mit to the new regime, but
if they become obstreperous
we intend to be firm. Person
ally, I would not be sur
prised to see violence in
England, but I hope it will
not come. I presume it may
be necessary to control the
London newspapers. We do
not intend to touch the tele
graph lines.
Our present program in
cludes a 40-hour week, and
perhaps shorter, if it is
found advisable and desir
able."
AD C LU WARRIORS
WILL AGAIN SIP
THE SOUP
ITomol row at noone, sharp, the
lutlt(e :(d club will 11 eet at theill
I:ntel grill and partake of their
'regular; weekly mutlligan. All 1uid
Ihill advertiserw.l.. who hlIve the
Ir prl'ice arel'( invited to Ibe present allllnd
ilntestigatle the war records of the(
leadill lln nembers of this wonderfulll
it b:?ll 1o[ I,lbraVes.
world ;il it never will be. 1 believe,
\ir s,.tker, that during imy absence
Ia bti! wtas introduced and passed~
Unt IS it a crime to display any eli
bli ui lthit meant revolt against op
p, :"in. I believe that there was a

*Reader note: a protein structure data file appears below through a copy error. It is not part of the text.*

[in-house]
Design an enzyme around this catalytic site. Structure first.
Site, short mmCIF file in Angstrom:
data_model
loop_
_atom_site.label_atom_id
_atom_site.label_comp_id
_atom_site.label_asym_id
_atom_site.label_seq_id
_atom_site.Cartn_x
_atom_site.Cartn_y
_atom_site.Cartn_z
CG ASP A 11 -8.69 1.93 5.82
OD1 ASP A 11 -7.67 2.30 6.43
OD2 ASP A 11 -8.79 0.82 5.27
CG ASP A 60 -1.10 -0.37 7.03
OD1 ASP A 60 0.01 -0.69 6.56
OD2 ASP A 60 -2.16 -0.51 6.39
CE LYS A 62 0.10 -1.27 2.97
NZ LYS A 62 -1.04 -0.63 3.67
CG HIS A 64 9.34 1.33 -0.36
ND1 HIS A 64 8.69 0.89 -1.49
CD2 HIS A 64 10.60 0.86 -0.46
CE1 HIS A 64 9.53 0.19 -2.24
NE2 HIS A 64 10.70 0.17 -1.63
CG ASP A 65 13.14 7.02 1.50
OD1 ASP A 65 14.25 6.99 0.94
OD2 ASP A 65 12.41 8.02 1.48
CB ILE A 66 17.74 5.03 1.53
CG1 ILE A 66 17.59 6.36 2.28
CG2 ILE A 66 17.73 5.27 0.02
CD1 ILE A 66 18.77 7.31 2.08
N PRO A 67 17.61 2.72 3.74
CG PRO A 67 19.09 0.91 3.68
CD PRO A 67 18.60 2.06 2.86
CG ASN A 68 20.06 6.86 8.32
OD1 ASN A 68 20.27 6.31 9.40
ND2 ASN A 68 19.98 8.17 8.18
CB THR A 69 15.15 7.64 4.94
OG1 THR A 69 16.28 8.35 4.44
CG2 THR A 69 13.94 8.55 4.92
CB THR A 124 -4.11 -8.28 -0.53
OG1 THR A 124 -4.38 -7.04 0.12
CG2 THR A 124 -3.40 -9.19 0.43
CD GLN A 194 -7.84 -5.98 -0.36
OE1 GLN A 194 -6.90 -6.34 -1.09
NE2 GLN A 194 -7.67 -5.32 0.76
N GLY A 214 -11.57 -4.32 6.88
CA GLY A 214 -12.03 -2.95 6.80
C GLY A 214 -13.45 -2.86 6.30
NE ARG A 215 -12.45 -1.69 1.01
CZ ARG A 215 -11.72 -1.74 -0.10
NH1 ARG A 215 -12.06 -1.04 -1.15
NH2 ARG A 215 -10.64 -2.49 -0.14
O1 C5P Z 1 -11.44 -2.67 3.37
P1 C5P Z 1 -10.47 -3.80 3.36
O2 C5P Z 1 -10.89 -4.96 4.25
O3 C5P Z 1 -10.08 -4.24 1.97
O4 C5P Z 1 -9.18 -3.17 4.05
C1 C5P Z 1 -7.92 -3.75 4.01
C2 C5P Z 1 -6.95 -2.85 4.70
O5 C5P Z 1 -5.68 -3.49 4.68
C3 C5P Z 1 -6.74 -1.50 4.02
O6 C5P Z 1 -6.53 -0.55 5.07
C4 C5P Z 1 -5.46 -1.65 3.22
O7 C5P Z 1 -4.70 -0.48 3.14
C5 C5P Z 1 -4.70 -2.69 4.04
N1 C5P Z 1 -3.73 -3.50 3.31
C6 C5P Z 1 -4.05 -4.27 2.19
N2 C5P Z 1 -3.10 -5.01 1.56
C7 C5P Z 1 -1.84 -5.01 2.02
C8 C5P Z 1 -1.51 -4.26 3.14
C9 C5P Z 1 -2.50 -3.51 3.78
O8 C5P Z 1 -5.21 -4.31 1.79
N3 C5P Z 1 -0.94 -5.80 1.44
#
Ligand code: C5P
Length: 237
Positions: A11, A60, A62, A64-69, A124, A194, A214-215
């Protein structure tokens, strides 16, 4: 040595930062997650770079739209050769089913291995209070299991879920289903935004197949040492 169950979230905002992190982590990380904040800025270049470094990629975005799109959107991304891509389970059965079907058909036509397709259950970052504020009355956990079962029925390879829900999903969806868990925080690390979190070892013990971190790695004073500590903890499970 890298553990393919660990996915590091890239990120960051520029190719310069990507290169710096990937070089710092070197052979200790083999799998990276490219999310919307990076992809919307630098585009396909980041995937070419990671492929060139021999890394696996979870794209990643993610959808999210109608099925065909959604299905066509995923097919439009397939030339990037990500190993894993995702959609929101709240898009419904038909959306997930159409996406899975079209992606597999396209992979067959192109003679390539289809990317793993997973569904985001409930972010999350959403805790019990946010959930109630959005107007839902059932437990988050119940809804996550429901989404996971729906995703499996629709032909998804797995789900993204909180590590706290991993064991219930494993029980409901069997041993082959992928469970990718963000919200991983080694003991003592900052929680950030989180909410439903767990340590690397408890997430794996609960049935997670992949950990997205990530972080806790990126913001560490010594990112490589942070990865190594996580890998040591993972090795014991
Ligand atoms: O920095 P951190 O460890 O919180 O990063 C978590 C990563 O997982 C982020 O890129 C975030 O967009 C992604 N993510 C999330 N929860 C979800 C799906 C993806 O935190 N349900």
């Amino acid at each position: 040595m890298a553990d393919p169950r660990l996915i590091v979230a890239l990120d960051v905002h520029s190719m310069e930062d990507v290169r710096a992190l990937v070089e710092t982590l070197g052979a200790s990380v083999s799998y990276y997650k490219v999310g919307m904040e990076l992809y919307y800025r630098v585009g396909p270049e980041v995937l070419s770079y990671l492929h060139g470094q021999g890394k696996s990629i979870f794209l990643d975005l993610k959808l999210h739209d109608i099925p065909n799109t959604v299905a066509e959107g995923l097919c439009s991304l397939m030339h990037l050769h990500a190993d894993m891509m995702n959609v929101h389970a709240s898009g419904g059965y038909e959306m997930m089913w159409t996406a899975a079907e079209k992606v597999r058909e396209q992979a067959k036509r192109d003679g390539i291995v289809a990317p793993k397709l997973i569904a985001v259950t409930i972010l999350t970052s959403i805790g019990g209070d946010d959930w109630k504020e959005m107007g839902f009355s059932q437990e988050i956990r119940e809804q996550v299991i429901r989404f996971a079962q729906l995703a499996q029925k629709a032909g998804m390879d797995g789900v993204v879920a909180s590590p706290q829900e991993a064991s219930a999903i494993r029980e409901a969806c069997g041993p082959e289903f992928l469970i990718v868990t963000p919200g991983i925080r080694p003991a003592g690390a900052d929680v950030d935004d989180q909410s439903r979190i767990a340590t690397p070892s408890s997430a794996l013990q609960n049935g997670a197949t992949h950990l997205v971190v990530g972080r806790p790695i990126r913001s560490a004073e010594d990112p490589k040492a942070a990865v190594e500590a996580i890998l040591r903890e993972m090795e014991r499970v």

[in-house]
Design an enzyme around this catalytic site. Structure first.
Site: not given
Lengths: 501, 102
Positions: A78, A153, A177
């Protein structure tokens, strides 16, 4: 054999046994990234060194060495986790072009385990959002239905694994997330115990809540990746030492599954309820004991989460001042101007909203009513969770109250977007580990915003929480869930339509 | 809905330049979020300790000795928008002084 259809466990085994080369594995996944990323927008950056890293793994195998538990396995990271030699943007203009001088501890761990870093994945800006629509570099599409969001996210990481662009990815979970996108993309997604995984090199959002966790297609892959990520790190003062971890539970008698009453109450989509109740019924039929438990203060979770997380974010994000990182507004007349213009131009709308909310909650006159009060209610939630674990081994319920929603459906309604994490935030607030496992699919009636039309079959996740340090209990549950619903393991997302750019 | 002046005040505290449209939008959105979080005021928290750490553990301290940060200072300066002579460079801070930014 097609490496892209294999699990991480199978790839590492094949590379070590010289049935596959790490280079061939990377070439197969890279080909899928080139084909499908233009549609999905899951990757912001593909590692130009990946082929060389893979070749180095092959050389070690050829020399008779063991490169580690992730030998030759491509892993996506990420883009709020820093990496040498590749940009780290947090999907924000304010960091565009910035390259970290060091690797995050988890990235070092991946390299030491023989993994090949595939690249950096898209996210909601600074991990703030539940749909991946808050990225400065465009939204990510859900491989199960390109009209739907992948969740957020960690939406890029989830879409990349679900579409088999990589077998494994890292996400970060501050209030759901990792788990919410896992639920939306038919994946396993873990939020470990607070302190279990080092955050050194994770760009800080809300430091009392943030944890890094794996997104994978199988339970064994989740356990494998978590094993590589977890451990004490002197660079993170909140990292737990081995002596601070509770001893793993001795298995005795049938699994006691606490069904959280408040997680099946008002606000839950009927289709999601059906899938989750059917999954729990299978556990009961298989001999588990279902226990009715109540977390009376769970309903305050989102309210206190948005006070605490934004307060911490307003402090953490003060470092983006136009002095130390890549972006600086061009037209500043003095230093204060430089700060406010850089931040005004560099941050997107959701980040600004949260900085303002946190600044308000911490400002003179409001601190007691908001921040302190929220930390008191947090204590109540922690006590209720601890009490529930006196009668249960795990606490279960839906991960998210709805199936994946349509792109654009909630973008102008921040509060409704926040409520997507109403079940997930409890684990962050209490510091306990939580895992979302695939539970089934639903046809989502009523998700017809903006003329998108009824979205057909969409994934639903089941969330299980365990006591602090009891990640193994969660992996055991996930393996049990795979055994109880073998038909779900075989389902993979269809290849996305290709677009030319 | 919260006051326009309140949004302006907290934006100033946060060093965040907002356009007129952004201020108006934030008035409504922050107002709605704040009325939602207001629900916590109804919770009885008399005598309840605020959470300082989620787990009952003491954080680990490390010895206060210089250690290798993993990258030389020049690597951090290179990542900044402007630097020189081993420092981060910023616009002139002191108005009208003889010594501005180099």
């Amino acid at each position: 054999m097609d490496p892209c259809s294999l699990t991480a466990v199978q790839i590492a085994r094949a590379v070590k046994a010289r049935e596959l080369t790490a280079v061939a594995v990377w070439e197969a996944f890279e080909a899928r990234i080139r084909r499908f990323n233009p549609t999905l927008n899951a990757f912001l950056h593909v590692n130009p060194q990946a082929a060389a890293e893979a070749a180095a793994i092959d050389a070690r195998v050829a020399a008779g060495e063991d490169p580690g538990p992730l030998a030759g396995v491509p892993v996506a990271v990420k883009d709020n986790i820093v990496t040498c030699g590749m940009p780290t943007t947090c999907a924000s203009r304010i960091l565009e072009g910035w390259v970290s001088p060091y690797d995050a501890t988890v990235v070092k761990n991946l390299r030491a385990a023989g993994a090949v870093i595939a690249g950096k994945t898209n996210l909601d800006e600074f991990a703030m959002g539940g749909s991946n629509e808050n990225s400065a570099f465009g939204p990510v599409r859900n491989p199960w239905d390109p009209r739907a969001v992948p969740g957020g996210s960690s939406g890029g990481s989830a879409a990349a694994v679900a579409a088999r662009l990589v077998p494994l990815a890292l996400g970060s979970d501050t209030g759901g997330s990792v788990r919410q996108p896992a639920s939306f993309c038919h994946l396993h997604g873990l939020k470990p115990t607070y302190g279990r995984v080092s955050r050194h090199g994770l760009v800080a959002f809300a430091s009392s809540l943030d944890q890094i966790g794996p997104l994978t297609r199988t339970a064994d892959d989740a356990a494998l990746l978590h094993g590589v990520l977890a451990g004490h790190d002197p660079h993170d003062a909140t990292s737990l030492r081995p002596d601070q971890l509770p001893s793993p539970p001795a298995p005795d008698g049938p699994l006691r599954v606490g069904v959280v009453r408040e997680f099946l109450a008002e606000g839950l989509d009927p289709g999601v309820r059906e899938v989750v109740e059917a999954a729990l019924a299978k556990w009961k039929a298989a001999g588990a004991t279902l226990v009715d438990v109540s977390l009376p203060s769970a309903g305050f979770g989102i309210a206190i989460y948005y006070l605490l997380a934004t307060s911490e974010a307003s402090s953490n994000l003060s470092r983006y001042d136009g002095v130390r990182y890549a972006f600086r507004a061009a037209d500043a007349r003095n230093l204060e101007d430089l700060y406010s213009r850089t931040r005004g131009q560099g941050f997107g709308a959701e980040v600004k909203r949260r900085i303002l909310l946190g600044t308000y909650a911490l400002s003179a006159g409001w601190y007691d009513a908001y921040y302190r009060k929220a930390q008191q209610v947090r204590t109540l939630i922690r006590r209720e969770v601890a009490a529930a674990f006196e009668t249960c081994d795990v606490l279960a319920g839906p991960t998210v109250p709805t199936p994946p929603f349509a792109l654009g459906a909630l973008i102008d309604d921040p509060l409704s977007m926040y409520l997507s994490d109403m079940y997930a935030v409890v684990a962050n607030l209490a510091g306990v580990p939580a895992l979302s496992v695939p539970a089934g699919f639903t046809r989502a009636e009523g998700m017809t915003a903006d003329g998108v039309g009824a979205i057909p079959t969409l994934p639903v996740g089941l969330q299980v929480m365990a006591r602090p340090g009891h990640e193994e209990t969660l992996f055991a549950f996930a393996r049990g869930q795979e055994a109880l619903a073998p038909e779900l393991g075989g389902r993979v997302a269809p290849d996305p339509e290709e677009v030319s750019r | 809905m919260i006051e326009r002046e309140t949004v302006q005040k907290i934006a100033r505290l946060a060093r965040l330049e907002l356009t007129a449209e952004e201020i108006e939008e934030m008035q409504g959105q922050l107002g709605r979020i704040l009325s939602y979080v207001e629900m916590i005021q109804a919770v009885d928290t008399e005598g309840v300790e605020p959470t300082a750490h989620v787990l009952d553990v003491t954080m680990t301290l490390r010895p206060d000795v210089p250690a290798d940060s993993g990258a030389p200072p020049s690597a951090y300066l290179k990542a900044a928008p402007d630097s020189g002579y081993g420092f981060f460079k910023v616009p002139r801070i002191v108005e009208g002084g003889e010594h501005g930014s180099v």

bill ii,tlrduced that made it a crime
lti i-pity a red emiblemn either pub
lil r privately, and I do not dIts
S;,:. l the judglllent of yolll
i \:i, i . expiressed in thatll meilasure.
1 . I,owever, differ with the nitl
i i i:tt aCtuated that itea ua-tlt',
:!! ni . lot speakling lagainiit it be
a(, ii particularly eO rnetd as
results that will accirue fronl
i.,..:-.age of that measure, be
,; , student of history I know
idea has never been killed bi
,ithstanding the fact thatI OIio
, . ,:ti from Missoula, who is lihe
; ' the bill, and who, I aim in
,: " . was the sole survivor in llthe
, i h to introduce the bill that
\ plosedly popular, assutlred li'
,'d withhold action until I
,,,: , here, and until I could ex
I1,, . i " views upon it. In spite ut
WORKERS'
COUNCIL
MEETS
And Is Addressed by Re
turned Soldiers, Who Will
Form Organization Which